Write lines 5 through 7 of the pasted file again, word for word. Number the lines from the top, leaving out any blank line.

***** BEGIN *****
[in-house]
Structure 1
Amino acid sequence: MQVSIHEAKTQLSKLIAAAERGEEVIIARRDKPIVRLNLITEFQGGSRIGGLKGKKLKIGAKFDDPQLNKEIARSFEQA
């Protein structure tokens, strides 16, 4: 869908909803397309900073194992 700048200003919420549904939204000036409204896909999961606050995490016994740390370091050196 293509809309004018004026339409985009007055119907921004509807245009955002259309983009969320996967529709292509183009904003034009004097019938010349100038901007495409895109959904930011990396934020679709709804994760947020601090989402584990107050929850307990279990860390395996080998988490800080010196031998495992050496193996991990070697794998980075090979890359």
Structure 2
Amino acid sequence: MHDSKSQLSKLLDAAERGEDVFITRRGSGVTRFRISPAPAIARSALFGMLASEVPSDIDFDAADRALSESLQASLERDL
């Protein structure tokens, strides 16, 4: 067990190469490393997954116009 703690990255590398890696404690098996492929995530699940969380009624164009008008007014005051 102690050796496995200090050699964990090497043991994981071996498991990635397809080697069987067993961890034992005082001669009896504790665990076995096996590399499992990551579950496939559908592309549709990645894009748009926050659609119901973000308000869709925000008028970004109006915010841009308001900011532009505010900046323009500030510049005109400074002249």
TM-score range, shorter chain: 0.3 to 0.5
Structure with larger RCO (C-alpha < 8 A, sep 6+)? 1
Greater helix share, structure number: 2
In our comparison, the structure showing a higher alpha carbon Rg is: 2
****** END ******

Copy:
Structure 2
Amino acid sequence: MHDSKSQLSKLLDAAERGEDVFITRRGSGVTRFRISPAPAIARSALFGMLASEVPSDIDFDAADRALSESLQASLERDL
């Protein structure tokens, strides 16, 4: 067990190469490393997954116009 703690990255590398890696404690098996492929995530699940969380009624164009008008007014005051 102690050796496995200090050699964990090497043991994981071996498991990635397809080697069987067993961890034992005082001669009896504790665990076995096996590399499992990551579950496939559908592309549709990645894009748009926050659609119901973000308000869709925000008028970004109006915010841009308001900011532009505010900046323009500030510049005109400074002249």